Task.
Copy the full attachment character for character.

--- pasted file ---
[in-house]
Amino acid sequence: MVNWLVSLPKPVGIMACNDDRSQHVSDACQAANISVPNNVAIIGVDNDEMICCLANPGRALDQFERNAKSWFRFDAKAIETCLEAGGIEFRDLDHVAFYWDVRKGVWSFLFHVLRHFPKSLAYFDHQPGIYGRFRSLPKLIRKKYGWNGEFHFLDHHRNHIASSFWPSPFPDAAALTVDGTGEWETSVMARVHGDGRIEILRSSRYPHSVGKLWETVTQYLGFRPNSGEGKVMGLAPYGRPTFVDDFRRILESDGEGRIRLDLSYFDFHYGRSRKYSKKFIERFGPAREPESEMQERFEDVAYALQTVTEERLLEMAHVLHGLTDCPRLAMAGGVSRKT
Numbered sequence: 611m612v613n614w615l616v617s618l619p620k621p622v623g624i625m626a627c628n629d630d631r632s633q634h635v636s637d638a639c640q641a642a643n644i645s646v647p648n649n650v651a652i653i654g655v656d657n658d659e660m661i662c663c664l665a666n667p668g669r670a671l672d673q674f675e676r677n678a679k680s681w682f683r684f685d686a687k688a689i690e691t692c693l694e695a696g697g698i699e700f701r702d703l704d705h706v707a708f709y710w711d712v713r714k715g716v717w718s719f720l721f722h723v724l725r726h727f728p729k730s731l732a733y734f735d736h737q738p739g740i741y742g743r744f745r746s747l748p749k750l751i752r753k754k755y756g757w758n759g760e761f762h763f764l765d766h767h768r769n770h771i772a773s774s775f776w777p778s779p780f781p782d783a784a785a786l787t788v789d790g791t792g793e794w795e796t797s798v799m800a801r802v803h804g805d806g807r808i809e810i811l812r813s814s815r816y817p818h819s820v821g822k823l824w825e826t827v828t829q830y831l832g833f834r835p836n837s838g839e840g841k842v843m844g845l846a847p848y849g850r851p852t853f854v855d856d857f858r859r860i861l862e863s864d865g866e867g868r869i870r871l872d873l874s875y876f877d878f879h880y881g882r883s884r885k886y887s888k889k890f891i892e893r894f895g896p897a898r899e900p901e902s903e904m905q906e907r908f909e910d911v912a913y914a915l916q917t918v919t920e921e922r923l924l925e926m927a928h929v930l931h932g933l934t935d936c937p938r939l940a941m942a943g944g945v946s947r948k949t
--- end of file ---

[in-house]
Amino acid sequence: MVNWLVSLPKPVGIMACNDDRSQHVSDACQAANISVPNNVAIIGVDNDEMICCLANPGRALDQFERNAKSWFRFDAKAIETCLEAGGIEFRDLDHVAFYWDVRKGVWSFLFHVLRHFPKSLAYFDHQPGIYGRFRSLPKLIRKKYGWNGEFHFLDHHRNHIASSFWPSPFPDAAALTVDGTGEWETSVMARVHGDGRIEILRSSRYPHSVGKLWETVTQYLGFRPNSGEGKVMGLAPYGRPTFVDDFRRILESDGEGRIRLDLSYFDFHYGRSRKYSKKFIERFGPAREPESEMQERFEDVAYALQTVTEERLLEMAHVLHGLTDCPRLAMAGGVSRKT
Numbered sequence: 611m612v613n614w615l616v617s618l619p620k621p622v623g624i625m626a627c628n629d630d631r632s633q634h635v636s637d638a639c640q641a642a643n644i645s646v647p648n649n650v651a652i653i654g655v656d657n658d659e660m661i662c663c664l665a666n667p668g669r670a671l672d673q674f675e676r677n678a679k680s681w682f683r684f685d686a687k688a689i690e691t692c693l694e695a696g697g698i699e700f701r702d703l704d705h706v707a708f709y710w711d712v713r714k715g716v717w718s719f720l721f722h723v724l725r726h727f728p729k730s731l732a733y734f735d736h737q738p739g740i741y742g743r744f745r746s747l748p749k750l751i752r753k754k755y756g757w758n759g760e761f762h763f764l765d766h767h768r769n770h771i772a773s774s775f776w777p778s779p780f781p782d783a784a785a786l787t788v789d790g791t792g793e794w795e796t797s798v799m800a801r802v803h804g805d806g807r808i809e810i811l812r813s814s815r816y817p818h819s820v821g822k823l824w825e826t827v828t829q830y831l832g833f834r835p836n837s838g839e840g841k842v843m844g845l846a847p848y849g850r851p852t853f854v855d856d857f858r859r860i861l862e863s864d865g866e867g868r869i870r871l872d873l874s875y876f877d878f879h880y881g882r883s884r885k886y887s888k889k890f891i892e893r894f895g896p897a898r899e900p901e902s903e904m905q906e907r908f909e910d911v912a913y914a915l916q917t918v919t920e921e922r923l924l925e926m927a928h929v930l931h932g933l934t935d936c937p938r939l940a941m942a943g944g945v946s947r948k949t